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Film / The Net (1995)

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Identity theft is hell.

"Just think about it. Our whole world is sitting there on a computer. It's in the computer, everything: your, your DMV records, your, your social security, your credit cards, your medical records. It's all right there. Everyone is stored in there. It's like this little electronic shadow on each and every one of us, just, just begging for someone to screw with, and you know what? They've done it to me, and you know what? They're gonna do it to you."
Angela Bennett

The Net is a 1995 techno-thriller film starring Sandra Bullock and directed by Irwin Winkler.

Angela Bennett (Bullock) is an unassuming, nerdy computer analyst and reclusive loner who works from home, helping her company debug games and other software. She becomes embroiled in an intricate conspiracy when her co-worker sends her a disk of security software called "Gatekeeper", containing a secret backdoor into various government agencies, hospitals and any computer system Gatekeeper supposedly protects. This makes Angela a target of the Praetorians, a dangerous group of hackers who use their manipulation of everything online to kill or ruin the lives of anyone who threatens them.

Bennett becomes a wanted fugitive when her identity is replaced with that of a known criminal, her credit cards rendered null, her car stolen and her house sold without her knowledge. With everyone believing she is someone she is not, and a charming assassin on her tail, Bennett can only count on her former therapist, Dr. Alan Champion (Dennis Miller), to protect her and ensure her mother, who suffers from Alzheimer's, is safe. It will take all of her skill and wits to uncover the real identity and motives of the Praetorians and bring down the conspiracy before they have undetectable access to every major computer system.

A TV series adaptation aired on USA Network for one season (1998–99), turning the film's plot into an episodic narrative pitting runaway Angela against the Praetorians, a cyber-terrorist organization that makes her a target of the FBI by swapping her identity with one of the 10 Most Wanted List. A Direct to Video sequel (in actuality the same premise under different circumstances), The Net 2.0, was made in 2006, about a female computer analyst who gets her identity stolen while in Istanbul.

The Net provides examples:

  • Action Survivor: Crosses over into Action Girl towards the end, but for the most part Angela is flung into the mayhem and caught unawares.
  • Artistic License – Engineering: An IP address is shown as "23.75.345.200", but IPv4 addresses can't contain numbers higher than 255.
  • Batman Gambit: Angela emails the FBI, blowing the lid off the conspiracy, so Devlin hacks the FBI to get rid of the email. Knowing he would do this, Angela puts a disk in the computer containing a virus she found early in the movie, which Devlin triggers when he hacks the FBI, destroying all elements of Gatekeeper.
  • Big Bad: Jeff Gregg, the Corrupt Corporate Executive that orchestrates web attacks to make people buy his backdoor-enabling program.
  • Big Brother Is Watching: The (then-) new version of it, where Internet means Everything Is Online, is the central concept of the film.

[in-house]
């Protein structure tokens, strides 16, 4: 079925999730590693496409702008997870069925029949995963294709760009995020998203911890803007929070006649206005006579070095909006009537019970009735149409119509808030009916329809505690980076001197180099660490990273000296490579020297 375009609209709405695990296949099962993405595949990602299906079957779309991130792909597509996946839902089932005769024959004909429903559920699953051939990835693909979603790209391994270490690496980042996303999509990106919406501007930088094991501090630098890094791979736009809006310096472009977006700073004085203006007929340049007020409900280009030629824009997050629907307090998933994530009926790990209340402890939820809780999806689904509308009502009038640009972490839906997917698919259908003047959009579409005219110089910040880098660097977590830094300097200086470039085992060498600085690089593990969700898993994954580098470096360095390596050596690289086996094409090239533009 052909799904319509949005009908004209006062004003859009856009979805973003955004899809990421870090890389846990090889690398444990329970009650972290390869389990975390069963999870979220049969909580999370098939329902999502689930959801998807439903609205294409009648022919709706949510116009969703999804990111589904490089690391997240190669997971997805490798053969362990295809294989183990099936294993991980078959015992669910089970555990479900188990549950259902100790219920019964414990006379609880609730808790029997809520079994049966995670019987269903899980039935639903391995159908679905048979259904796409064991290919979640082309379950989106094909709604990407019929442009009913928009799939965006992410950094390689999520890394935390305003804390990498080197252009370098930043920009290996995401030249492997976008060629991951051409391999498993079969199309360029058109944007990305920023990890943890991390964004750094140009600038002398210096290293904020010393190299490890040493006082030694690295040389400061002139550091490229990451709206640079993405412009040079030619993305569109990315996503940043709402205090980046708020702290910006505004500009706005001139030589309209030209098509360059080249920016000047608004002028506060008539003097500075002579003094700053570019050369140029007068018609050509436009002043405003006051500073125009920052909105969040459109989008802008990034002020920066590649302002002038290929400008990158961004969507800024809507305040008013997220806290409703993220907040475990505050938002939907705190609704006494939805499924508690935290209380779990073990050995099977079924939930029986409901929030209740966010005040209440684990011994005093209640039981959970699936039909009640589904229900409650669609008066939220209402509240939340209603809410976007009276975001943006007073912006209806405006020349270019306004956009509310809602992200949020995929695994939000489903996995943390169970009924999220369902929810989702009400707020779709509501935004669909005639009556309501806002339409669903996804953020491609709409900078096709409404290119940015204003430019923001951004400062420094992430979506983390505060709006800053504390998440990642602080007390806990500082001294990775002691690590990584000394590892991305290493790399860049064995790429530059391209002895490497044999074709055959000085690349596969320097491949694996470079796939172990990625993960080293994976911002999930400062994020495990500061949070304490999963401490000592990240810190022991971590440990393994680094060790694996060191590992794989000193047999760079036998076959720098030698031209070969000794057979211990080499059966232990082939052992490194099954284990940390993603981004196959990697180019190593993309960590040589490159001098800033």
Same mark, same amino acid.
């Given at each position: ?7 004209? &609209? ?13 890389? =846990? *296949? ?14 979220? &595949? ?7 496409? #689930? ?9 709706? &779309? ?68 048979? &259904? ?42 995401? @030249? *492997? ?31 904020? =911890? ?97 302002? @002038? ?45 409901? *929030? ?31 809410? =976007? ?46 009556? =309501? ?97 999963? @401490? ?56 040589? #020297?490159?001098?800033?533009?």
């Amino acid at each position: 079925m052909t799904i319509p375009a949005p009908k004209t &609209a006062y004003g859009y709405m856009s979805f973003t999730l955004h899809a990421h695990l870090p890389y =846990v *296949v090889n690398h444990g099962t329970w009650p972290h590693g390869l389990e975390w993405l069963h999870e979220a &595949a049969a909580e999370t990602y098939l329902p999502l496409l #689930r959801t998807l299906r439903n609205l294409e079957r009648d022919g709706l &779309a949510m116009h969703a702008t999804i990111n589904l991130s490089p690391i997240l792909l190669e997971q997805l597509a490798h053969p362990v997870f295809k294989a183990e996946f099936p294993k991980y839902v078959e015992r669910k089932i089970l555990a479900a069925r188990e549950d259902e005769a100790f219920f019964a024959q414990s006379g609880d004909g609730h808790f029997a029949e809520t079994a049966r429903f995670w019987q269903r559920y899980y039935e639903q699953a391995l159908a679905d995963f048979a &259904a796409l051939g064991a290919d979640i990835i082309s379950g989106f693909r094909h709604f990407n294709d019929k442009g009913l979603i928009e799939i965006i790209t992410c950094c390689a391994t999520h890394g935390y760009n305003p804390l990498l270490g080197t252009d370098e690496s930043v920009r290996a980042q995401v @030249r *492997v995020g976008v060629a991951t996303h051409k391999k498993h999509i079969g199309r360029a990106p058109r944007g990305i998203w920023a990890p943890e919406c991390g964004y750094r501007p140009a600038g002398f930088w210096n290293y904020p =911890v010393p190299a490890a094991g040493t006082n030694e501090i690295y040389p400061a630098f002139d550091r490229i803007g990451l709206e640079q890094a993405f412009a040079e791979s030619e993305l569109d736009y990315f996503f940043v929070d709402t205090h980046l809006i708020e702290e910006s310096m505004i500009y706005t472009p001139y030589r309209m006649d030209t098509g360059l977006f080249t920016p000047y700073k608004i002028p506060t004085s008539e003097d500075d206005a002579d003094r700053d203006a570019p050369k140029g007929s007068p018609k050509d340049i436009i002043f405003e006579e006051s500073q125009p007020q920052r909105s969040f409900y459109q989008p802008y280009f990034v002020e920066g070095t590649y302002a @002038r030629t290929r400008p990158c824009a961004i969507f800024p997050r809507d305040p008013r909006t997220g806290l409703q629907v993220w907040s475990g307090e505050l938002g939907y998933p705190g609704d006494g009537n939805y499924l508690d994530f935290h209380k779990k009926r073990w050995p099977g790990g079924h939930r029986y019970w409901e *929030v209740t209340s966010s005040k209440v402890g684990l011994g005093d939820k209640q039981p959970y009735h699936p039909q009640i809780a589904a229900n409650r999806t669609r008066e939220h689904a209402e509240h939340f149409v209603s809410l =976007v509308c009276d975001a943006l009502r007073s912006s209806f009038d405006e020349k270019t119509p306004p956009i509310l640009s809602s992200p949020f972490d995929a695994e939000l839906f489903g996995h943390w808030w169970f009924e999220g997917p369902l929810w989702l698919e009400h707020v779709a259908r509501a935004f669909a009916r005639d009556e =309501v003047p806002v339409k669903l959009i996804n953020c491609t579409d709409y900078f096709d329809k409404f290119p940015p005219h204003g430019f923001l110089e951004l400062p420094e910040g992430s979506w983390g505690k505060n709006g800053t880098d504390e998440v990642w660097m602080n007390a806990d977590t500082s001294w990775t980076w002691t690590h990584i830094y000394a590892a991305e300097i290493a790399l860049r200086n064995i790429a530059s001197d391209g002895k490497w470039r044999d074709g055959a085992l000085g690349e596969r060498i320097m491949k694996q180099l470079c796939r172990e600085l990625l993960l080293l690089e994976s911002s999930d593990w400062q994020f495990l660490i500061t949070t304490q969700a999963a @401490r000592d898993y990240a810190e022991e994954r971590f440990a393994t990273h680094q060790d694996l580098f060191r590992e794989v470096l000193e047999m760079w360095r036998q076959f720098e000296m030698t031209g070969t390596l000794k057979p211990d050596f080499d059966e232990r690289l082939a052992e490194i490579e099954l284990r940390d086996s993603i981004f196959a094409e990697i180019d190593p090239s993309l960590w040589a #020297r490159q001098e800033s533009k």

• Captain Ersatz: Jeff Gregg for Bill Gates, down to the fear of his programs enabling him to hack everything in the world.
  • Cassette Futurism: This film was made and released on the late stage of Real Life computer technology wherein this trope takes inspiration from. The MacGuffin that ruins Angela's life is a floppy, the Internet is still beheld as some kind of magic network inhabited only by conspiracy theorists and conspiracy members, and the most advanced computers are huge.
  • Chekhov's Gun: The disk containing the virus used to bring down Gatekeeper.
  • Coincidental Broadcast: Towards the end of the movie, Angela has the news on and literally every single story on it is conveniently related to Angela's plot line.
  • Colour-Coded for Your Convenience: A computer disk with a virus is colored red.
  • Computer Virus: The main character is a computer programmer who collects the viruses that she combats.
  • Conspiracy Thriller: Exploiting the brand-new Paranoia Fuel of The '90s — the Internet!
  • Corrupt Corporate Executive: Jeff Gregg. He wants control over everything and has created Gatekeeper with a deliberate backdoor for his conspiracy to exploit, as well as orchestrated a situation that will hopefully make people buy his program.
  • The Cracker: The Big Bad aka Jeff Gregg, leader of the Praetorians.
  • Cyberbullying: Angela becomes marked for murder when she discovers that the Gatekeeper anti-virus software also allows back-door access to any system running it. When a hired hitman fails to kill Angela, the evil Praetorians tamper with Angela's identity, making her into a wanted fugitive with no credit and no finances.
  • Disney Villain Death: Devlin's demise, crashing with the roller cage of a forklift a couple of floors down like a sack of flour. Ouch.
  • Driven to Suicide: Undersecretary of Defense Michael Bergstrom, when told that he has AIDS. His medical records were changed to make it look like he did.
  • Evil Brit: Devlin. A purely remorseless assassin.
  • Everything Is Online: The film explores and dissects the over-reliance of computers in important facets of modern society. Angela Bennett bemoans this point when talking to her provided attorney.
  • Extreme Graphical Representation: Actually not as gratuitous as one might think, but the effects of a computer virus are shown as pixels slowly degenerating and floating away.
  • Fanservice: What else do you call Sandra Bullock (not one known for doing this, mind you!) in a black bikini, lounging on a beach?